Communication networks and specifically the Internet have emerged as a source of empowerment in today’s society. At a global level, the Internet is increasingly becoming the backbone of the modern economy and society to the extent that the new generations in developed countries cannot even conceive of a world without broadband access to the Internet.

Although the Internet has successfully enabled multiple waves of innovation, novel societal and commercial uses are continuing to push the original Internet architecture to its limits. Unforeseen and extremely popular applications, such as Skype, YouTube, and the BBC iPlayer, have sprung up and steered the use of the Internet into directions that had not been anticipated at its origin. In addition, the enormous increase in online content and the requirement of providing universal access to broadband Internet services is already stretching the capabilities of current technologies to their limit.

The inability of the current Internet infrastructure to cope with the wide variety and ever-growing number of users, emerging networked applications, usage patterns, and business models is increasingly being recognized worldwide. New applications require networks with well-known and predictable characteristics and behavior, which the current best-effort Internet intrinsically cannot deliver. These considerations are triggering network models that can potentially transform the established technology content and business models of the Internet. New global initiatives (http://www.future-internet.eu/, http://www.geni.net/, http://akari-project.nict.go.jp/eng/conceptdesign.htm) are aimed at rethinking and rebuilding the Internet considering novel technical approaches, sometimes called “clean slate,” which advocate a radical redesign or change of paradigms in the long term. These new efforts to create the “Future Internet” rely on strategic, multidisciplinary research on new Internet concepts, including “disruptive” approaches.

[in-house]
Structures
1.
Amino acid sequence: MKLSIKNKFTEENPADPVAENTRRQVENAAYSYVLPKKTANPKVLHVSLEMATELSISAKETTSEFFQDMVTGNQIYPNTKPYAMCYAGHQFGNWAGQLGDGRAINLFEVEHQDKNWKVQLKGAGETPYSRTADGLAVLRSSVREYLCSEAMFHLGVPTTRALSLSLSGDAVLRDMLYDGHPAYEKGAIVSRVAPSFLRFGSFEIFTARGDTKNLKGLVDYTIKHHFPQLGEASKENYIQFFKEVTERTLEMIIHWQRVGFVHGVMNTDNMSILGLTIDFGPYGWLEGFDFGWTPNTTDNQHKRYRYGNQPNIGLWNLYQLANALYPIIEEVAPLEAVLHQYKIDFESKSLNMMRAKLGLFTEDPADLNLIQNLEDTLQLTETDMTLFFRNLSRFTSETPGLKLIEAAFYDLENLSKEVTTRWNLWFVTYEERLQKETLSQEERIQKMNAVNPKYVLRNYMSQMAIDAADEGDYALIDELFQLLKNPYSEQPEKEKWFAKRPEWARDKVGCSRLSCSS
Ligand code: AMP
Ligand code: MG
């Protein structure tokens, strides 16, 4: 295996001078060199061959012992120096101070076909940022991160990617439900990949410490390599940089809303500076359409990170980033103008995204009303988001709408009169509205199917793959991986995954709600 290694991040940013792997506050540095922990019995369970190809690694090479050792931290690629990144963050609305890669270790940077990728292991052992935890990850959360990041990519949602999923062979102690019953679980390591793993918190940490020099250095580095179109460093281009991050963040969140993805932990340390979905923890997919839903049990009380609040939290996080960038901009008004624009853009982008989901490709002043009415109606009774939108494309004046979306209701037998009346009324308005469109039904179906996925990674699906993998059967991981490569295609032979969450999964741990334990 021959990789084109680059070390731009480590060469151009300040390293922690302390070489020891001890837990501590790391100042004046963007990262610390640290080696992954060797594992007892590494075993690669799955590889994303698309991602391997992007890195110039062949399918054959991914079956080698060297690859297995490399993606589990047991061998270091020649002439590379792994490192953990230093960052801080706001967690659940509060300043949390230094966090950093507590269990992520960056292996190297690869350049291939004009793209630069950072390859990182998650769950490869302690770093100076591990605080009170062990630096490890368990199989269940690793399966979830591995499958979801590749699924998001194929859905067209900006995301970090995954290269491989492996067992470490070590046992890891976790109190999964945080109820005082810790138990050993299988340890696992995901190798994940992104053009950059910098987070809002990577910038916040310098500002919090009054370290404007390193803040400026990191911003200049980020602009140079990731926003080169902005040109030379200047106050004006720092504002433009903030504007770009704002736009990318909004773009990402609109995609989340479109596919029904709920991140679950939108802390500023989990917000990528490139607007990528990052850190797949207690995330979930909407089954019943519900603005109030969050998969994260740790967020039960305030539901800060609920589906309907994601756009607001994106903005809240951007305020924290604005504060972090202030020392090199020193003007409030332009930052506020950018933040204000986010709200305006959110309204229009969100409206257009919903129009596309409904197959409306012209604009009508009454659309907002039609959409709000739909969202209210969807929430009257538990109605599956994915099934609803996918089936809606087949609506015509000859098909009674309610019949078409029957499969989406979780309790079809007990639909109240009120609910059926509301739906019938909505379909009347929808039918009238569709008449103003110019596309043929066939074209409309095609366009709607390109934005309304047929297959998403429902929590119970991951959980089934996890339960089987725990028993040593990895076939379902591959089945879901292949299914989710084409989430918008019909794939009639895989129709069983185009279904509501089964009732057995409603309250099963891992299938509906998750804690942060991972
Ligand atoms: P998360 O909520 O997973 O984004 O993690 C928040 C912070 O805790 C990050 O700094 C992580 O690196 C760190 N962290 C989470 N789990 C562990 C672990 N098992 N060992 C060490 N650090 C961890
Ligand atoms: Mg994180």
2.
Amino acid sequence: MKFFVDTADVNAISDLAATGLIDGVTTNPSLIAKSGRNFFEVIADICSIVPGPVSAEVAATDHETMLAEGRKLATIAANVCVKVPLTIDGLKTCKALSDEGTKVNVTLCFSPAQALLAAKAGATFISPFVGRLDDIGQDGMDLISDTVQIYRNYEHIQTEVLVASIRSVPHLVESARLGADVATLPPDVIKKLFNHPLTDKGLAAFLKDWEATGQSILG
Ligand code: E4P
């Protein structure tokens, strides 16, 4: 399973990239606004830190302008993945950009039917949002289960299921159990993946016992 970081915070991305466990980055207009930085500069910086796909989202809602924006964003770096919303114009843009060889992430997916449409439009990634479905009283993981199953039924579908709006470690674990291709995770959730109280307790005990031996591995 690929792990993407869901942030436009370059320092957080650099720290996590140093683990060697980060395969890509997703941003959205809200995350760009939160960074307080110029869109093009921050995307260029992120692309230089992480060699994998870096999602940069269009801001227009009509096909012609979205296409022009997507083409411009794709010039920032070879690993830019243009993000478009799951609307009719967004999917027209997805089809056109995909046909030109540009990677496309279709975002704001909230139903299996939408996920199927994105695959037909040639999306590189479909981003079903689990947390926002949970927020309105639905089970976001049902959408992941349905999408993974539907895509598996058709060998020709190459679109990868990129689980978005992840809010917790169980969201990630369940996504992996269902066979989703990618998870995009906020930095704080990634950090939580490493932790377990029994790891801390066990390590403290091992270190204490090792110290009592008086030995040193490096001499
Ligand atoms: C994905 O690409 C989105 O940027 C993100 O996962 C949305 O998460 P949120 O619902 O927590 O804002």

There are many challenges seen as driving forces towards the Future Internet. Some of these challenges are the ones listed below:

The available bandwidth per user/device will continue to grow: Dial-up has been completely replaced in most countries with broadband connections. The expected wide deployment of optical access networks and fiber-to-the-home (FTTH) solutions will further increase the bandwidth capabilities at the edges of the Internet enabling Gb/s delivery to the user. The routing and transport schemes in the existing Internet will not scale to the Gb/s transmission rates that will be made available to future applications

Heavy increase in content and quality of content: There will be an enormous increase in online content offered by the Future Internet. Digital photos and videos will not only increase in number, but also in size, due to increases in resolution and the ease of creation and manipulation. As the quality of media content increases, the demand to provide and sustain a high quality of service (QoS) also increases proportionally. Processing, transmission, and presentation errors that were acceptable at lower resolutions become intolerable in high-definition and ultra-high-definition (HD/UHD) video. For such high-quality content, distribution over IP “best-effort” networks is not possible without a substantial deterioration of the QoS.

Huge increase in the number of users: Much like the growth of telephony in the 20th century, the number of Internet users will continue to increase as the digital divide narrows in various countries. Furthermore with the increased Internet availability and security, business communities move towards the use of Internet via secure virtual private network (VPN) solutions rather than private data networks. Therefore we expect that the use of the Internet will continue to accelerate at an exponential level. However, the addressing and routing schemes in the existing Internet will not scale to the tens of billions of users predicted to use the Future Internet.

Large data flow transfers between users, remote instrumentation, and computing/data centers: Several new applications require transfer of very large data flows between users and/or data centers. Examples include financial, e-science, content distribution, and large remote sensor and instrumentation applications, which appear to generate large data flows that need to be delivered to computing/storage centers that can be far away. Furthermore, Moore’s law will continue to drive the need for higher bandwidth connectivity through the increase of the computational power (teraflops) and memory (terabytes) of devices. Solutions such as grid and cloud computing have identified that for the Internet to support these applications, it is important to enable dynamic high-bandwidth secure services over a physical (L1/L2) infrastructure.